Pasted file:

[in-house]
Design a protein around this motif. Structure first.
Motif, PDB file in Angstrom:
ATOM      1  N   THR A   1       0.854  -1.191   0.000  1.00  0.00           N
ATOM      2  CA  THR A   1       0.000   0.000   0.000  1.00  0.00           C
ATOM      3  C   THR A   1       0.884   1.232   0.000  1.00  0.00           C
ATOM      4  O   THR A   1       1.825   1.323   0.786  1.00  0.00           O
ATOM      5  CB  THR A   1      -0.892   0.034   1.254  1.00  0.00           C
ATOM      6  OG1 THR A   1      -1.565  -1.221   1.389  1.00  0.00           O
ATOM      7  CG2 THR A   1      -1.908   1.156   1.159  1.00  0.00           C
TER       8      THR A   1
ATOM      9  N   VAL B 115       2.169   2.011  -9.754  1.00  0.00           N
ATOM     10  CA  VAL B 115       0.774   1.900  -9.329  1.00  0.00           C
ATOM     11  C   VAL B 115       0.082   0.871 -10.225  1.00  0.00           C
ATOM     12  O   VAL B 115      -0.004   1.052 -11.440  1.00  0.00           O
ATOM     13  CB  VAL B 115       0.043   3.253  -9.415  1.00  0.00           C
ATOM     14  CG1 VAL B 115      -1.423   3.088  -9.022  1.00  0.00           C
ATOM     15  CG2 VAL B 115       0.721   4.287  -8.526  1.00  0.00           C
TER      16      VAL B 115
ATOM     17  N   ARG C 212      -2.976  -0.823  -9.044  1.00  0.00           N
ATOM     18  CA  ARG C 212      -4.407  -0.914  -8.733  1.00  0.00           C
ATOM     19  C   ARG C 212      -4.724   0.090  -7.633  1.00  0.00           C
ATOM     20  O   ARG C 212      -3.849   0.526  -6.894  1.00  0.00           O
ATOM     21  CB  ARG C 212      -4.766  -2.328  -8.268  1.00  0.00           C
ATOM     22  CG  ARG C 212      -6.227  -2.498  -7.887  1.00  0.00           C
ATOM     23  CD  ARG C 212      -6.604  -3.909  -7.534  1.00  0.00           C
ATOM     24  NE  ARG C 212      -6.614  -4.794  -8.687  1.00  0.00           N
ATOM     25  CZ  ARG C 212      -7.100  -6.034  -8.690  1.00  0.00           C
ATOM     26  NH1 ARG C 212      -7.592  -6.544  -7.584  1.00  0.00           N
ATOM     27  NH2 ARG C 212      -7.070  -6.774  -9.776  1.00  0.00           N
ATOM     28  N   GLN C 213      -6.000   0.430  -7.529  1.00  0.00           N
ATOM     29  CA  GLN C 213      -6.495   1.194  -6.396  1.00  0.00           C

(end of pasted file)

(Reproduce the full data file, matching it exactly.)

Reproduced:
[in-house]
Design a protein around this motif. Structure first.
Motif, PDB file in Angstrom:
ATOM      1  N   THR A   1       0.854  -1.191   0.000  1.00  0.00           N
ATOM      2  CA  THR A   1       0.000   0.000   0.000  1.00  0.00           C
ATOM      3  C   THR A   1       0.884   1.232   0.000  1.00  0.00           C
ATOM      4  O   THR A   1       1.825   1.323   0.786  1.00  0.00           O
ATOM      5  CB  THR A   1      -0.892   0.034   1.254  1.00  0.00           C
ATOM      6  OG1 THR A   1      -1.565  -1.221   1.389  1.00  0.00           O
ATOM      7  CG2 THR A   1      -1.908   1.156   1.159  1.00  0.00           C
TER       8      THR A   1
ATOM      9  N   VAL B 115       2.169   2.011  -9.754  1.00  0.00           N
ATOM     10  CA  VAL B 115       0.774   1.900  -9.329  1.00  0.00           C
ATOM     11  C   VAL B 115       0.082   0.871 -10.225  1.00  0.00           C
ATOM     12  O   VAL B 115      -0.004   1.052 -11.440  1.00  0.00           O
ATOM     13  CB  VAL B 115       0.043   3.253  -9.415  1.00  0.00           C
ATOM     14  CG1 VAL B 115      -1.423   3.088  -9.022  1.00  0.00           C
ATOM     15  CG2 VAL B 115       0.721   4.287  -8.526  1.00  0.00           C
TER      16      VAL B 115
ATOM     17  N   ARG C 212      -2.976  -0.823  -9.044  1.00  0.00           N
ATOM     18  CA  ARG C 212      -4.407  -0.914  -8.733  1.00  0.00           C
ATOM     19  C   ARG C 212      -4.724   0.090  -7.633  1.00  0.00           C
ATOM     20  O   ARG C 212      -3.849   0.526  -6.894  1.00  0.00           O
ATOM     21  CB  ARG C 212      -4.766  -2.328  -8.268  1.00  0.00           C
ATOM     22  CG  ARG C 212      -6.227  -2.498  -7.887  1.00  0.00           C
ATOM     23  CD  ARG C 212      -6.604  -3.909  -7.534  1.00  0.00           C
ATOM     24  NE  ARG C 212      -6.614  -4.794  -8.687  1.00  0.00           N
ATOM     25  CZ  ARG C 212      -7.100  -6.034  -8.690  1.00  0.00           C
ATOM     26  NH1 ARG C 212      -7.592  -6.544  -7.584  1.00  0.00           N
ATOM     27  NH2 ARG C 212      -7.070  -6.774  -9.776  1.00  0.00           N
ATOM     28  N   GLN C 213      -6.000   0.430  -7.529  1.00  0.00           N
ATOM     29  CA  GLN C 213      -6.495   1.194  -6.396  1.00  0.00           C